I’ve been reading Carmine Gallo’s book, Talk Like TED: The 9 Public Speaking Secrets of the World’s Top Minds. Since I teach, learning how to be a better presenter of material is always a good idea (even if I’m not giving a TED-caliber talk every week). Many of the ideas are applicable across creative disciplines as well. The “secrets” Gallo mentions, and how they apply to writers, are:
Unleash the Master Within – Or, be passionate about what you write. With mastery of your material comes confidence that allows your passion to shine through. Nothing takes the place of having a real passion for the story you’re telling. And if you don’t have a passion for writing itself, for communicating your ideas through the written word, you will give up easily.
Master the Art of Storytelling – Stories are compelling to the human brain. Whether you write fiction or nonfiction, using stories to make your point allows audiences to respond to what you’re telling them. Stories are how we communicate our experiences as human beings, to other humans.
Have a Conversation – Be natural. In writing, this is called “voice.” What is your voice? Imitation may be the sincerest form of flattery, but don’t try to write in another writer’s voice. Readers pick up on such inauthenticity and reject it.
Teach Me Something New – We love to learn something we didn’t know before. In writing, it might be some new information on a historical period, or how something works, or about the human capacity for love, or redemption… the possibilities are endless, and in reading we often unconsciously look for new knowledge or insight. We’re gripped by wanting to find out more.
Deliver Jaw-Dropping Moments – The surprise, the unexpected twist, the ramping up of stakes… these are what keep readers turning the pages. Readers love to find out what what happened next, or how the “heroes” can possibly get out of this big mess. Deliver moments that grab (and keep) their attention.
Lighten Up – Use humor, or at least find ways to moderate the tension. Even thrillers, where the idea is to ramp up the tension throughout, work in “breather” moments, which allow the next tense moments to have a bigger impact.
Stick to the 18-Minute Rule – Or, the paradox of constraint. Sometimes this is the constraint of form (such as a particular poetic form: a sestina, villanelle, sonnet,,,). Sometimes this is in length. We’ve all read books that we later think could have used major pruning by an editor, where the author wandered over a hundred pages with nothing of major import happening. Sometimes, this means that we can get more done in, say, a focused 18-minute writing session than in 6 hours of noodling around, spending most of that time on Facebook. Embrace the constraints and work within them, to produce better, more creative work. (I believe procrastination gets a bad rap: sometimes procrastination is our brain’s way of creating a constraint, thus pushing us to come up with things we might never have thought of without the time pressure.)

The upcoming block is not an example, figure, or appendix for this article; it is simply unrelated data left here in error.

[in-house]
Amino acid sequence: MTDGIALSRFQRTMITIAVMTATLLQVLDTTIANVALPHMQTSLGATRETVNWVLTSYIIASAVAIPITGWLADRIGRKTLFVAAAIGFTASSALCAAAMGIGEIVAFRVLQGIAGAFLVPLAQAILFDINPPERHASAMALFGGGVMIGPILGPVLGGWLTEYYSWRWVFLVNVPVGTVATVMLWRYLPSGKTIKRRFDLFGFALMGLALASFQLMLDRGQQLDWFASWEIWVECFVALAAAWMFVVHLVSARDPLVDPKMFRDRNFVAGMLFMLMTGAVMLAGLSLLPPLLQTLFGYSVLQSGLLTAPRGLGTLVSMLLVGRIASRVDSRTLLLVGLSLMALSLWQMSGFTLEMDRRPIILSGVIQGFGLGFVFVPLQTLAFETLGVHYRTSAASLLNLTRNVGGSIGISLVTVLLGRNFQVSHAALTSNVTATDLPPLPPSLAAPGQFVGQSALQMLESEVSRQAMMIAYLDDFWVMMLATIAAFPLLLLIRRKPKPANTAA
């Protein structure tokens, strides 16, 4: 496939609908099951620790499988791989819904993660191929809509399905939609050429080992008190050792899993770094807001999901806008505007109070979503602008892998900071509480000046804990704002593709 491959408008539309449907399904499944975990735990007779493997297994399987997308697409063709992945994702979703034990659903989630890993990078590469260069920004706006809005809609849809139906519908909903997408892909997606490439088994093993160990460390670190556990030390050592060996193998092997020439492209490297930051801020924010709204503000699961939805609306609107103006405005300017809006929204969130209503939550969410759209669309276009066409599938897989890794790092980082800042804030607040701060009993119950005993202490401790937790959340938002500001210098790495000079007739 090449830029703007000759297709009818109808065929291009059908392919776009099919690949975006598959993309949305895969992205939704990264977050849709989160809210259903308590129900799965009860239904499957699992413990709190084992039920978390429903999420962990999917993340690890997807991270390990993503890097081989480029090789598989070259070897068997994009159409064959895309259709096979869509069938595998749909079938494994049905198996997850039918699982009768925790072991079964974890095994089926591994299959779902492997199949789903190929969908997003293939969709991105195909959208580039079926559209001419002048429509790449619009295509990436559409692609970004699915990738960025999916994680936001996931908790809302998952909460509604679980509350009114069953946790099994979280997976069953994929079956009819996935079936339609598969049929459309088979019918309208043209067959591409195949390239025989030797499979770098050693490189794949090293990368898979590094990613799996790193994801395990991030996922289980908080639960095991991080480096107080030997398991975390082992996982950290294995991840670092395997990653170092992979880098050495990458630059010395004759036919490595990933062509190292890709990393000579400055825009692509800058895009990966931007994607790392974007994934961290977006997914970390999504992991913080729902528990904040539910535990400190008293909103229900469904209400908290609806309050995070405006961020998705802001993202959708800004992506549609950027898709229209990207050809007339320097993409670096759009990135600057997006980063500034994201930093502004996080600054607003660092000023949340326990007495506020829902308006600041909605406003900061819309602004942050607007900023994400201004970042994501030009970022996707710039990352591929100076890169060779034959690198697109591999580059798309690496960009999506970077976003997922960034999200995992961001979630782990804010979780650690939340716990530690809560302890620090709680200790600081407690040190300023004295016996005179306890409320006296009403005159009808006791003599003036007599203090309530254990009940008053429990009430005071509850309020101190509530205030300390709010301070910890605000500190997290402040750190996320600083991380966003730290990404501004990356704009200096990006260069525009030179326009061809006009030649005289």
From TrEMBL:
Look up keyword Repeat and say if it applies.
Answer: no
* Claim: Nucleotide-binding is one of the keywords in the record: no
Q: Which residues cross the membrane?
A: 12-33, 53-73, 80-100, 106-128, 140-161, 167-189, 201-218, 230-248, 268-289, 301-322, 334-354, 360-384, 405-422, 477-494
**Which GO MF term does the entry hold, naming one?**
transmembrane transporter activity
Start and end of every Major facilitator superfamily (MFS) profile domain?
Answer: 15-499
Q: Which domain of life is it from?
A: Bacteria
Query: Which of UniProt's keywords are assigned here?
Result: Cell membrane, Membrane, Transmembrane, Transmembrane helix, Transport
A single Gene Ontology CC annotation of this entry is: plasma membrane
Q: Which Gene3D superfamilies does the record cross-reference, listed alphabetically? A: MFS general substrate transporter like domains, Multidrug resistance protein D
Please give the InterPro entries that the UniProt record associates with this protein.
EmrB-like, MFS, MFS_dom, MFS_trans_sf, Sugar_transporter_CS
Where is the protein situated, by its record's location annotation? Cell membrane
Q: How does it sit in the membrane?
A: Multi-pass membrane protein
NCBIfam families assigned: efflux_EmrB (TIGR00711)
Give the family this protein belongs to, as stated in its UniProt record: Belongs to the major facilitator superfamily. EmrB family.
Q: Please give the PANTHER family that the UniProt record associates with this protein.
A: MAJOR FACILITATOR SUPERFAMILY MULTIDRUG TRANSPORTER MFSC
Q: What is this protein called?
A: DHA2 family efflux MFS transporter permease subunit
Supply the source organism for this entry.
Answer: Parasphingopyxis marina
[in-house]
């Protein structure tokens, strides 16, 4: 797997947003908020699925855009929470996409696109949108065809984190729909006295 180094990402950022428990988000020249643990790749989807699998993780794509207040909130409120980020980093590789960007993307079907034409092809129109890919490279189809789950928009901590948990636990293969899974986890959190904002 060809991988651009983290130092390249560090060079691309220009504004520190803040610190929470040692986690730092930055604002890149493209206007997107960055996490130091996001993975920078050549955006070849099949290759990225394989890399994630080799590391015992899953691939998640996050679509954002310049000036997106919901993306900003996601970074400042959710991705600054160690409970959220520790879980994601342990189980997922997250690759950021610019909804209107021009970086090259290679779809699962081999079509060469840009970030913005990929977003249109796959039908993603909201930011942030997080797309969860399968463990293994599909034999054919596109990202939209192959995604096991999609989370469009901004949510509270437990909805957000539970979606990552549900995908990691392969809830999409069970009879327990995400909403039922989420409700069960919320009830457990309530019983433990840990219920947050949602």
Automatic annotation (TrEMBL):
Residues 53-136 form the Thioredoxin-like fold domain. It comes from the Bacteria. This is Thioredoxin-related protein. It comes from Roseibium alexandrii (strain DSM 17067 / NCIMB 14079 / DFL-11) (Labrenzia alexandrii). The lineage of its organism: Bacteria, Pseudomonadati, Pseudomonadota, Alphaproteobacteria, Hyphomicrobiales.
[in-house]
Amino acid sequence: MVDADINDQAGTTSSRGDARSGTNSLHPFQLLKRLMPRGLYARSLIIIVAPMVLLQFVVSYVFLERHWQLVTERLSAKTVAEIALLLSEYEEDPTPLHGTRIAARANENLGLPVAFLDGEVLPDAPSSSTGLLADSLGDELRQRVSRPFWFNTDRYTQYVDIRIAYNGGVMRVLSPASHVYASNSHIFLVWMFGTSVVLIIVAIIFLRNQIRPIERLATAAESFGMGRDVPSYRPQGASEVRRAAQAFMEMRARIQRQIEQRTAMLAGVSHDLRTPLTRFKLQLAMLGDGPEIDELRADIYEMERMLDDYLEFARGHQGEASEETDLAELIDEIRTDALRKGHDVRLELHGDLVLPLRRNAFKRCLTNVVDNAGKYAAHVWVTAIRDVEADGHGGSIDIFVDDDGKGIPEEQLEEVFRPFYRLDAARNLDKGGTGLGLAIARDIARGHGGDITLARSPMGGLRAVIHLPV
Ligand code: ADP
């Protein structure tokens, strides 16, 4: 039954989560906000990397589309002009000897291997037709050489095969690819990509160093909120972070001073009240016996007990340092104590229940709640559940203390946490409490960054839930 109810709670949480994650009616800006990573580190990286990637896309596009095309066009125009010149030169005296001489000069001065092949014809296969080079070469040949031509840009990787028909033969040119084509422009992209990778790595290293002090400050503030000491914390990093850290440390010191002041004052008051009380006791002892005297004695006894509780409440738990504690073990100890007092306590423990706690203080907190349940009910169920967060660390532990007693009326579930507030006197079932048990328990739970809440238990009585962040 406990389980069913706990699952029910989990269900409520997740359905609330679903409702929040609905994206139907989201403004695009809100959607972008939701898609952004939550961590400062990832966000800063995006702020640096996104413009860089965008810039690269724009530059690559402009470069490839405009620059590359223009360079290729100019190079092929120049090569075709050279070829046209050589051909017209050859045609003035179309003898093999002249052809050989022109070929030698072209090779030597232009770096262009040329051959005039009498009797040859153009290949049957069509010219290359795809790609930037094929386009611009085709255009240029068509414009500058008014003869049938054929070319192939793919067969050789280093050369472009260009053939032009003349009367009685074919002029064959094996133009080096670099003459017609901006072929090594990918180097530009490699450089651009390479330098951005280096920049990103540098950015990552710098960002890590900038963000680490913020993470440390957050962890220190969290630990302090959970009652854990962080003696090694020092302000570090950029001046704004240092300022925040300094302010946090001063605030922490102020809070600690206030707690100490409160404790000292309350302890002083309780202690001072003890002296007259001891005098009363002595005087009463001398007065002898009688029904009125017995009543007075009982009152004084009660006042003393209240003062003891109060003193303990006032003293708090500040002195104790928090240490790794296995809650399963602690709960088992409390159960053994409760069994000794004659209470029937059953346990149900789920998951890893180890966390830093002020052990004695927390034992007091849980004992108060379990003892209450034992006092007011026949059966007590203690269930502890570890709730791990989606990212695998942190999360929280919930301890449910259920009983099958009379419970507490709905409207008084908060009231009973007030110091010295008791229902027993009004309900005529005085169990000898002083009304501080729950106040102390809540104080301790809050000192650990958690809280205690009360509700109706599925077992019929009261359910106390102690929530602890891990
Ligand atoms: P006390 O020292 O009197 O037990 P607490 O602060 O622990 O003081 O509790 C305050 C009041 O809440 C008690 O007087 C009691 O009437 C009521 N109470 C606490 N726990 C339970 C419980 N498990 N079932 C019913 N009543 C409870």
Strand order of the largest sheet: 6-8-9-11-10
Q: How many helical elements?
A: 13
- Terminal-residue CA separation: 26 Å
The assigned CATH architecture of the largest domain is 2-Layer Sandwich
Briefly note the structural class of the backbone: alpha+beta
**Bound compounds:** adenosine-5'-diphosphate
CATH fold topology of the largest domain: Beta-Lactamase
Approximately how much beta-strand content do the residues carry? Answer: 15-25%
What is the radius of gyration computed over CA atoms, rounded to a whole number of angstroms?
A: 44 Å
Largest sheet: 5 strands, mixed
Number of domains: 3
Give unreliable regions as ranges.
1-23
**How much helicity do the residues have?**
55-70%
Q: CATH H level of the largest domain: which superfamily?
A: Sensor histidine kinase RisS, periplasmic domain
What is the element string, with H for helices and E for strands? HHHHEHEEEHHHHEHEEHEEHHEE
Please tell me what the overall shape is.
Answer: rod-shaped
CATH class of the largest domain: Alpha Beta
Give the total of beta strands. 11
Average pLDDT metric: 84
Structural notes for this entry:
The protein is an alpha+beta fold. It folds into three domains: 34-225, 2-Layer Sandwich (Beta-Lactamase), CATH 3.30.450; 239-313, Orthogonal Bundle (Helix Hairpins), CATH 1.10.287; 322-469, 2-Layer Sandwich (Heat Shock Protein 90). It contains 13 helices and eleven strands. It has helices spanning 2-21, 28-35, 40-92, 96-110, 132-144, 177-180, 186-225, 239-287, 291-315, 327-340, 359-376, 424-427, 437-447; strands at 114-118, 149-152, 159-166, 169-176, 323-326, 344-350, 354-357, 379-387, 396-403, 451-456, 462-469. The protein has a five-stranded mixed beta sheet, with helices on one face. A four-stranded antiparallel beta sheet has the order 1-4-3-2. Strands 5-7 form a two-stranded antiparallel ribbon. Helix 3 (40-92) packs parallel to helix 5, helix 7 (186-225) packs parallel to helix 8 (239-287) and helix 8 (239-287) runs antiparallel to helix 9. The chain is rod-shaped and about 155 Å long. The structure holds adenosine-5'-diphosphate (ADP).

Paint a Mental Picture with Multisensory Experiences – This is a no-brainer for writers. Use all your senses to create your story. We tend to hone in on the visual, but we can create richer experiences on the page through judicious use of the other senses as well. This also goes for variety in general: vary your sentence length, your vocabulary, your syntax to keep the reader engaged.
Stay in Your Lane – A.k.a. Write What you know. Or at least, what you’ve learned well enough to convince us of your authenticity. What do you need to know to create a vivid, believable world on the page? Or a character that resonates with us? To me, this goes hand in hand with passion. You don’t need to be all things to all people, and you shouldn’t try to write to trends that don’t evoke any meaning for you. Be you, and write what you care about, from your own unique perspective.
If you’re a visual artist, photographer, or work in another creative form, how might these insights apply to you?
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